Gerald De Barry, Giraldus Cambrensis

De Barry, Gerald (Giraldus Cambrensis), younger brother of the preceding [Robert de Barry], a distinguished author and ecclesiastic, was born at the castle of Manorbeer in Pembrokeshire, in 1147.

He studied principally at Paris, and in 1175 was created Archdeacon of Brecknock.

In 1184 he was invited to court by Henry II., and became one of his chaplains.

Next year he accompanied Prince John in his expedition to Ireland.

He employed much of his time here in collecting materials for his Topography of Ireland and History of the Conquest of Ireland.

Mr. Brewer, in editing the former work, remarks:

“With all that has been done since by modern topographers trained in the more scientific habits of observation, the conception of his task, as it existed in the mind of Giraldus, if not the execution of it, must remain as a monument of a bold and original genius. … In the first [Book] the author gives an account of the physical features of the island, including in it the history of its more remarkable productions. … In the second [Book], devoted exclusively to the marvels of Ireland, full scope is given to the credulity of his age: it is fooled to the top of its bent.”

The Third Book is devoted to the ancient annals of the country, and the manners and customs of the inhabitants. This work, which appeared in 1187, was dedicated to Henry II.

It was followed by his History of the Conquest of Ireland, “not only,” says Mr. Brewer, “the most valuable of all our author’s works, but [one which] as a historical monograph may challenge comparison with any work of a similar nature. … The personal sketches of the chief leaders in the expedition, which are numerous, are drawn with masterly precision. The only drawback is the occurrence of artificial orations … The Conquest of Ireland is a noble specimen of historical narration, of which the author’s age furnished very rare specimens. Events have been carefully gathered, examined, and arranged; battlefields, sieges, and marches verified by ocular inspection of routes and localities; accounts on both sides tested. No personal labour has been spared by the historian in collecting, or sifting, or placing his materials in their most lucid order; no efforts have been wanting which the most rigid historical fidelity could demand.”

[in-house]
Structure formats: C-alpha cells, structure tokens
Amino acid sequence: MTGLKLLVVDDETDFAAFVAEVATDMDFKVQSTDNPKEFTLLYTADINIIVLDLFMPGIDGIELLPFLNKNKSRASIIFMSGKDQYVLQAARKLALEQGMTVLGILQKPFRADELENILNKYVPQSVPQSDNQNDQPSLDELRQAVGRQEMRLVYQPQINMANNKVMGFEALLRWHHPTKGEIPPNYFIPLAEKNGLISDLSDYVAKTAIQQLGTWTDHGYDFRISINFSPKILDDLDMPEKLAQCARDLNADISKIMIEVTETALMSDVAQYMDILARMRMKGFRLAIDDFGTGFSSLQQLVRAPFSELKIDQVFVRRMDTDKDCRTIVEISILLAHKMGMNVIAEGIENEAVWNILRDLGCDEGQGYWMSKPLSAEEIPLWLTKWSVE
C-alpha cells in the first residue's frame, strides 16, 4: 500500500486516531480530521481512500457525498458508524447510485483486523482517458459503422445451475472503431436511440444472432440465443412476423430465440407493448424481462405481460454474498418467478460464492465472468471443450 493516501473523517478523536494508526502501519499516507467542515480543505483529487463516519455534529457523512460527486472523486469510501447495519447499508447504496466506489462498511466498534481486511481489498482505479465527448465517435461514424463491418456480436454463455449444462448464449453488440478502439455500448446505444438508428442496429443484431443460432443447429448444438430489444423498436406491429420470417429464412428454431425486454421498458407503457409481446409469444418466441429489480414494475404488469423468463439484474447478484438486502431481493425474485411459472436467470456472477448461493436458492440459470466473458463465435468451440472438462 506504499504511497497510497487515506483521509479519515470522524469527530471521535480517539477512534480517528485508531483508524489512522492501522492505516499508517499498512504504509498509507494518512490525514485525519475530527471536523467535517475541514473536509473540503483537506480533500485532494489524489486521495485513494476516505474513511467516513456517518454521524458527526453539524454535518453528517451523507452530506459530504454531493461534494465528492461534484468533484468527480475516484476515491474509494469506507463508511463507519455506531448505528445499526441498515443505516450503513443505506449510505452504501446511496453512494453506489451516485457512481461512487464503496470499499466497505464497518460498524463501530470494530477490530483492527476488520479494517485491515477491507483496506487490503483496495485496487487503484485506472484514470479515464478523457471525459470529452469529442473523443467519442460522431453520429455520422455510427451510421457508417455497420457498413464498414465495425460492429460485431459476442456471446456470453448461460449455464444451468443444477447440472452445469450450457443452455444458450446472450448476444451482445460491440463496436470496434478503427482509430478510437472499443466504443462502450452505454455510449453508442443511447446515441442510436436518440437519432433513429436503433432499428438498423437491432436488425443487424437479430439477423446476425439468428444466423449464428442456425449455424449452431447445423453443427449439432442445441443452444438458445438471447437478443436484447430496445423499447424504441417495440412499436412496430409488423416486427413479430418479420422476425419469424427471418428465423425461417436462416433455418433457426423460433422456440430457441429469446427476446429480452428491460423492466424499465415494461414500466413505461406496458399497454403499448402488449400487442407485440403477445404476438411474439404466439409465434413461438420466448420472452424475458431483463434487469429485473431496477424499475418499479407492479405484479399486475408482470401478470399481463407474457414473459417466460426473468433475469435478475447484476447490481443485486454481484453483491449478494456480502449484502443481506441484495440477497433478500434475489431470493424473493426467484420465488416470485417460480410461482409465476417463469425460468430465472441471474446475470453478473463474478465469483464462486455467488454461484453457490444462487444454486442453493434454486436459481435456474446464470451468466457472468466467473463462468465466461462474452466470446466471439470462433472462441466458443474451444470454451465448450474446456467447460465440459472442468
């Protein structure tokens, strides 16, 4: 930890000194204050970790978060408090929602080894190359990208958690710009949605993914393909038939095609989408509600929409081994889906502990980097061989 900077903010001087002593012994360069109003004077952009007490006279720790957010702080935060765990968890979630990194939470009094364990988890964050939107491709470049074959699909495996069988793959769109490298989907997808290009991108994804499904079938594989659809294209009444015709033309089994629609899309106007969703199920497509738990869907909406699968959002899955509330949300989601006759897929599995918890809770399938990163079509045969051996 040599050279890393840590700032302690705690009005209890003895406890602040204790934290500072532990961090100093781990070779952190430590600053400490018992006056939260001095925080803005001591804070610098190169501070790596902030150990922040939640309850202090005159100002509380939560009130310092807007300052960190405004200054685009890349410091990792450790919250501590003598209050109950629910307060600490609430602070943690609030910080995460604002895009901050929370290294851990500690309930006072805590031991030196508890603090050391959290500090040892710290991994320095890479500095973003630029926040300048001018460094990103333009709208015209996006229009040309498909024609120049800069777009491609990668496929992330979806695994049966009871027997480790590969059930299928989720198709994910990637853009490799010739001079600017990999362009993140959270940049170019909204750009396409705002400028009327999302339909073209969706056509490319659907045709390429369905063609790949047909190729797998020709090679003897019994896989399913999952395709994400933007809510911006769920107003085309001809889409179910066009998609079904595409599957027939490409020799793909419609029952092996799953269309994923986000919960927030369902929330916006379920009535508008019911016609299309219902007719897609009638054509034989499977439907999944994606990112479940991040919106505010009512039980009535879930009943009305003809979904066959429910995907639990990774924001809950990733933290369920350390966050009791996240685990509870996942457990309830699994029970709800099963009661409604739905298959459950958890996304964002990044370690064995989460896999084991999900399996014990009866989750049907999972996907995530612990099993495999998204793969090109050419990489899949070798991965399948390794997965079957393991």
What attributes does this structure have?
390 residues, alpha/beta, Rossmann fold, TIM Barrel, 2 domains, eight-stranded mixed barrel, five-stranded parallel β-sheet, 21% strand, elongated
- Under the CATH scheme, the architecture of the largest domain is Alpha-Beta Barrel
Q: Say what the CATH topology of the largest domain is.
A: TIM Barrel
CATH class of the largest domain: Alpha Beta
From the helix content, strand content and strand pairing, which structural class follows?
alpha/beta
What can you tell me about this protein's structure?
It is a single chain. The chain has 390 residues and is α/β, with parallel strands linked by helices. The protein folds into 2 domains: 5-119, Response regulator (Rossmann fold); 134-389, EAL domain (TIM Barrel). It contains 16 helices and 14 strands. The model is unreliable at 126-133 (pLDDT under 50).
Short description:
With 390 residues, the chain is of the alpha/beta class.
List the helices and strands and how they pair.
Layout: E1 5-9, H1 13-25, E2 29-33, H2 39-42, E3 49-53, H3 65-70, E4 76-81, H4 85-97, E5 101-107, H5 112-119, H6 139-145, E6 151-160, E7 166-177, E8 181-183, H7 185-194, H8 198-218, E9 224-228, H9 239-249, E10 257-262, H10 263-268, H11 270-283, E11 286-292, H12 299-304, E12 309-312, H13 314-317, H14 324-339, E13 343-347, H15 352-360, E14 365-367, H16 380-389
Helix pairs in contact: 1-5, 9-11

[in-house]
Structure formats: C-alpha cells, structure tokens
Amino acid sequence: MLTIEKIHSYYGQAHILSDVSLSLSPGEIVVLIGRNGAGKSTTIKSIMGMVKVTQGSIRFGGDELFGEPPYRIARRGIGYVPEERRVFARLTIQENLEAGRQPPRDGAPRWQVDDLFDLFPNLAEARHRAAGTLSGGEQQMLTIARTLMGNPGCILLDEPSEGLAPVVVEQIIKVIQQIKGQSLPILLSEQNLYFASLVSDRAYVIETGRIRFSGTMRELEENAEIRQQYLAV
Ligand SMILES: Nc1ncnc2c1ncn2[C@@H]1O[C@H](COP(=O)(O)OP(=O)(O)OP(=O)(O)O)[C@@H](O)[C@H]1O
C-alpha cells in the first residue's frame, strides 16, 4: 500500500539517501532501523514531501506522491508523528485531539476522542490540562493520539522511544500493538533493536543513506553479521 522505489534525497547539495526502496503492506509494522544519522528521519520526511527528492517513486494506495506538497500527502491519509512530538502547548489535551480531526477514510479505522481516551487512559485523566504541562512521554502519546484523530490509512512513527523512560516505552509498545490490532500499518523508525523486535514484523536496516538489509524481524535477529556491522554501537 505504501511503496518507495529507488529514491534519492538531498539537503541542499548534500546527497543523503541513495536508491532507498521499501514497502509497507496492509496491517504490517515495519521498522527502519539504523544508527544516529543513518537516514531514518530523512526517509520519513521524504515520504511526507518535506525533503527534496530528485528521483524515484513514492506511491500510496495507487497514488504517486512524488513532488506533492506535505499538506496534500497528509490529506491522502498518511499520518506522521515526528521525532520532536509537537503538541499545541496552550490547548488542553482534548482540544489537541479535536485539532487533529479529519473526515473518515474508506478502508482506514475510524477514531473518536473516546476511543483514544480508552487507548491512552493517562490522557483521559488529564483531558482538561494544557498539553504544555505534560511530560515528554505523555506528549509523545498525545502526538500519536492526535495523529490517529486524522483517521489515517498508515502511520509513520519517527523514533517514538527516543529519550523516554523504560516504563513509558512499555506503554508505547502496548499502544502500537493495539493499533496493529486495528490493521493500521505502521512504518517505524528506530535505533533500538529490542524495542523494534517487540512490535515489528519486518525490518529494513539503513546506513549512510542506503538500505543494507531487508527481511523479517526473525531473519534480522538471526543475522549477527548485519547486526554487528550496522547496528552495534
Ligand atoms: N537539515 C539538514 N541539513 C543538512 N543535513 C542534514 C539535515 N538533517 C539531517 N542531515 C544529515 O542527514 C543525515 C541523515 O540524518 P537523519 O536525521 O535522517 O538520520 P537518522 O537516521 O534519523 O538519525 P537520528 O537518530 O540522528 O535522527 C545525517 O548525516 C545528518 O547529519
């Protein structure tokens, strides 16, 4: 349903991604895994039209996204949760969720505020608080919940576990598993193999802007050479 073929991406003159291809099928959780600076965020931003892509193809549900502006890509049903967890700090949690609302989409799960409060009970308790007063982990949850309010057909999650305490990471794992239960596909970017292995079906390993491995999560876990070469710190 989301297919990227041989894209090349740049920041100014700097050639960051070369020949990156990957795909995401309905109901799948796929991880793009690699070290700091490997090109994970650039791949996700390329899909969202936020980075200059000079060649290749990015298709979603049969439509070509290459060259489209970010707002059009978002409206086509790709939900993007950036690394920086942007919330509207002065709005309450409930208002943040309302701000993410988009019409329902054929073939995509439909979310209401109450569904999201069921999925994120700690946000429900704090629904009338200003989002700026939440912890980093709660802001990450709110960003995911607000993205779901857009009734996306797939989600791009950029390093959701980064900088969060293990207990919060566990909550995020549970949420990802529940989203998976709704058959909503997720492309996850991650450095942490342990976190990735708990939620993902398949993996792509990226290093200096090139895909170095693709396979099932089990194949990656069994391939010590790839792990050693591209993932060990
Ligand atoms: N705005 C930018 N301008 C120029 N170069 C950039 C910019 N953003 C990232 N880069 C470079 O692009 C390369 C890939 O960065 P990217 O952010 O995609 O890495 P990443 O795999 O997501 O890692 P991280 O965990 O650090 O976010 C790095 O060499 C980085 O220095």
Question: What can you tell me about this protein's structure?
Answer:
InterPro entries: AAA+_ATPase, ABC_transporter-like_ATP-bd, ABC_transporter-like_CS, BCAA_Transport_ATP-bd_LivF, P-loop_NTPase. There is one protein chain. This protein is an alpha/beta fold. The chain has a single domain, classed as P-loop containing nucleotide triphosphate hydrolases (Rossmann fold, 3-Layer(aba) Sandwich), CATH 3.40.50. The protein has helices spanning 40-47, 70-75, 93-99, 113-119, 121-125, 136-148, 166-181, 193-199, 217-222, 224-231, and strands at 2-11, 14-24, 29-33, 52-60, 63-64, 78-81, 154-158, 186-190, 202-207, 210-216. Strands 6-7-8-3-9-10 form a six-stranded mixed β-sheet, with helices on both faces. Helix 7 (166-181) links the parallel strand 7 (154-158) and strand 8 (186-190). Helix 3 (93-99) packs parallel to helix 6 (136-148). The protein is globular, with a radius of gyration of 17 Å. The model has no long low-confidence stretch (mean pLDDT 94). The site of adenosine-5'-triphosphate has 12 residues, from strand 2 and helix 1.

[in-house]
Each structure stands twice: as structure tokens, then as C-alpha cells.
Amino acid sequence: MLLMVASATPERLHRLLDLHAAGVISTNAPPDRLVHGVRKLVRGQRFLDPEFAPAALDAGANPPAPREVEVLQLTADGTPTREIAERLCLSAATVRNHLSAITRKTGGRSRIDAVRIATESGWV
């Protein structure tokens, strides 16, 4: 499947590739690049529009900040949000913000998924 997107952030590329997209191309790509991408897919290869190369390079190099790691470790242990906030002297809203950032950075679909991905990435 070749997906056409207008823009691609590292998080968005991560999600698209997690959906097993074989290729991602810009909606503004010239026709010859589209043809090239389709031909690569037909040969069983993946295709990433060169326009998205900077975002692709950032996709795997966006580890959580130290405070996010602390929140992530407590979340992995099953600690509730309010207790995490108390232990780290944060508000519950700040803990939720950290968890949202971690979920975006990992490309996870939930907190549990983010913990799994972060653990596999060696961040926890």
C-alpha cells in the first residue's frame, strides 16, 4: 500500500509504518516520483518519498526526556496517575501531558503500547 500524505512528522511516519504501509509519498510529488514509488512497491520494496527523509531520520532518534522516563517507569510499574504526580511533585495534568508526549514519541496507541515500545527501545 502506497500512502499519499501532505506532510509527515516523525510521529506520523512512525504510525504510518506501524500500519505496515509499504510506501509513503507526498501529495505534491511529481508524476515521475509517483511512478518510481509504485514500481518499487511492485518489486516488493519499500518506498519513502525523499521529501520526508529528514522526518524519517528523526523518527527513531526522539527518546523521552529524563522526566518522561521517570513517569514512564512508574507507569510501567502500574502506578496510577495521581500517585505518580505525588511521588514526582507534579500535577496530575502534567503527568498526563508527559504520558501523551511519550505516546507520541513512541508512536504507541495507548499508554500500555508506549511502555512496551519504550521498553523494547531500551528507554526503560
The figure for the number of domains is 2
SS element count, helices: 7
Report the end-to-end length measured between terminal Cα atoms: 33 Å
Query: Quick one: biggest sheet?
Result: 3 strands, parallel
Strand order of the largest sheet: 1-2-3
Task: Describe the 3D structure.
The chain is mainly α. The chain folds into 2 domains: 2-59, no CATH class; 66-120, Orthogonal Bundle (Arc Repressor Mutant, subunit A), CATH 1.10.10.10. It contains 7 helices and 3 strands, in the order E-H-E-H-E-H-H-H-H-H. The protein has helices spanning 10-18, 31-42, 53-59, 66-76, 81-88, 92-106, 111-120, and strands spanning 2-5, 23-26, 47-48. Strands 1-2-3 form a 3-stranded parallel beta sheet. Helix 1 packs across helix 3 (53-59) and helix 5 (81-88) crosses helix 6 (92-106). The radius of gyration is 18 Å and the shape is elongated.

Giraldus returned to England after the Easter of 1186, and almost immediately gave public readings of his works at Oxford.

Many years of his life were occupied in unceasing litigations and journeyings, which in the end proved unavailing, to have himself confirmed by the Pope in the see of St. David’s, to which on the 29th June 1199 he had been unanimously elected by the Chapter.

After these events his name disappears from the page of history.

The date of his death is uncertain. Mr. Brewer does not find any authority for the age generally ascribed to him at his death—74, which would place that event in 1221.

He was buried in the Cathedral Church of St. David’s, where his supposed monument and effigy are shown.

This notice is written from an exhaustive account of his life, prefixed to Mr. Brewer’s splendid seven-volume edition of Cambrensis’s works in the Master of the Rolls’ series.

For general use, as far as the topography and invasion of Ireland are concerned, Mr. Bonn’s translation will be found convenient.

Cambrensis’s statements regarding the Irish Church have been traversed by Lynch in his Cambrensis Eversus, published in the 17th century.


148a. Giraldi Cambrensis Opera. (Master of the Roll’s Series.) vol. v. London, 1867.